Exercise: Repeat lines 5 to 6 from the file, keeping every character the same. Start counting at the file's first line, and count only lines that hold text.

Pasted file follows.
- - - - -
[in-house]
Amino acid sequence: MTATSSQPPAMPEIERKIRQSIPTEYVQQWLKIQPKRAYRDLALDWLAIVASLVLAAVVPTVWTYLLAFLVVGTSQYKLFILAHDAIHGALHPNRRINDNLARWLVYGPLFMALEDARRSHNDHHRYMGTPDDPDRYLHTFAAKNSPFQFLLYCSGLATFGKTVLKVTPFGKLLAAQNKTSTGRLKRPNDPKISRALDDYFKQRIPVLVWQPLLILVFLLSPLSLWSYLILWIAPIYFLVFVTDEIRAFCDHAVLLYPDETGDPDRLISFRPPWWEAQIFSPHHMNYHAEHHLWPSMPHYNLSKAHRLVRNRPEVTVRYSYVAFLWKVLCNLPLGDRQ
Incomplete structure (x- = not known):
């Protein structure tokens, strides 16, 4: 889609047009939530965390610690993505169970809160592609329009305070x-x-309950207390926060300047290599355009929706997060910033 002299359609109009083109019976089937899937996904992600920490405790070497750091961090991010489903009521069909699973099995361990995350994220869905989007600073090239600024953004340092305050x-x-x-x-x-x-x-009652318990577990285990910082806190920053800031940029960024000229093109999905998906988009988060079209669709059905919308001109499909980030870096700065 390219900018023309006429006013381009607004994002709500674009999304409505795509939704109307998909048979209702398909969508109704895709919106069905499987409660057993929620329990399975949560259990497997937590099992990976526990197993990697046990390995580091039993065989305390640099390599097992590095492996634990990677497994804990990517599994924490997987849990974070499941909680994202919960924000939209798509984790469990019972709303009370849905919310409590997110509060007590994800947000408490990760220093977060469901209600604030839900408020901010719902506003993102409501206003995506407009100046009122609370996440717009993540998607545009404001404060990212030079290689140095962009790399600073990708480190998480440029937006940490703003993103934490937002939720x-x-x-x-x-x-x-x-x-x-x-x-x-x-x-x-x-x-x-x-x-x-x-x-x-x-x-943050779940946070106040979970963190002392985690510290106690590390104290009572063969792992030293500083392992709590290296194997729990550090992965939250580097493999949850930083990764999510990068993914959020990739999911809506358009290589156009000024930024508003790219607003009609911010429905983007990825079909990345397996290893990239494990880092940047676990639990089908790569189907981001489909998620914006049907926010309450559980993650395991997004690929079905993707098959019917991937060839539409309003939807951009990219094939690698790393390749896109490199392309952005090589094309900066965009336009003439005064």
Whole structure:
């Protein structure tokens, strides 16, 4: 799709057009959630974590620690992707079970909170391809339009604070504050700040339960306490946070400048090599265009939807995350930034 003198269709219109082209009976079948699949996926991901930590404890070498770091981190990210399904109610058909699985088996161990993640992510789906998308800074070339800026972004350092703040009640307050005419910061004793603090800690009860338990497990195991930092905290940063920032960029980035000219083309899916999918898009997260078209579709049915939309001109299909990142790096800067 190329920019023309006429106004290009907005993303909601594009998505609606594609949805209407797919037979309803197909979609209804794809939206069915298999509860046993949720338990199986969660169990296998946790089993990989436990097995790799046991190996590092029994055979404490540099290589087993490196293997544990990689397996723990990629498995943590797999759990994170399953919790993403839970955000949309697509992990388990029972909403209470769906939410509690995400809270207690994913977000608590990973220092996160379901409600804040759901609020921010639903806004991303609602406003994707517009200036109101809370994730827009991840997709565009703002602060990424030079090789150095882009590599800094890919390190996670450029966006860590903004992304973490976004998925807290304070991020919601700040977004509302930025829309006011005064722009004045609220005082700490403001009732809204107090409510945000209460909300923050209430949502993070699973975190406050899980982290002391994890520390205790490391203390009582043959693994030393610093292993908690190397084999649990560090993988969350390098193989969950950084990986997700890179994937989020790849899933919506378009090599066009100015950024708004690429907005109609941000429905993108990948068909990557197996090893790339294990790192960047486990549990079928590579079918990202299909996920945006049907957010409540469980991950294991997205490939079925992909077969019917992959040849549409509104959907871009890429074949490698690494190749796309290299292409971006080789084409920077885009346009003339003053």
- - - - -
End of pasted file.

Whole structure:
């Protein structure tokens, strides 16, 4: 799709057009959630974590620690992707079970909170391809339009604070504050700040339960306490946070400048090599265009939807995350930034 003198269709219109082209009976079948699949996926991901930590404890070498770091981190990210399904109610058909699985088996161990993640992510789906998308800074070339800026972004350092703040009640307050005419910061004793603090800690009860338990497990195991930092905290940063920032960029980035000219083309899916999918898009997260078209579709049915939309001109299909990142790096800067 190329920019023309006429106004290009907005993303909601594009998505609606594609949805209407797919037979309803197909979609209804794809939206069915298999509860046993949720338990199986969660169990296998946790089993990989436990097995790799046991190996590092029994055979404490540099290589087993490196293997544990990689397996723990990629498995943590797999759990994170399953919790993403839970955000949309697509992990388990029972909403209470769906939410509690995400809270207690994913977000608590990973220092996160379901409600804040759901609020921010639903806004991303609602406003994707517009200036109101809370994730827009991840997709565009703002602060990424030079090789150095882009590599800094890919390190996670450029966006860590903004992304973490976004998925807290304070991020919601700040977004509302930025829309006011005064722009004045609220005082700490403001009732809204107090409510945000209460909300923050209430949502993070699973975190406050899980982290002391994890520390205790490391203390009582043959693994030393610093292993908690190397084999649990560090993988969350390098193989969950950084990986997700890179994937989020790849899933919506378009090599066009100015950024708004690429907005109609941000429905993108990948068909990557197996090893790339294990790192960047486990549990079928590579079918990202299909996920945006049907957010409540469980991950294991997205490939079925992909077969019917992959040849549409509104959907871009890429074949490698690494190749796309290299292409971006080789084409920077885009346009003339003053």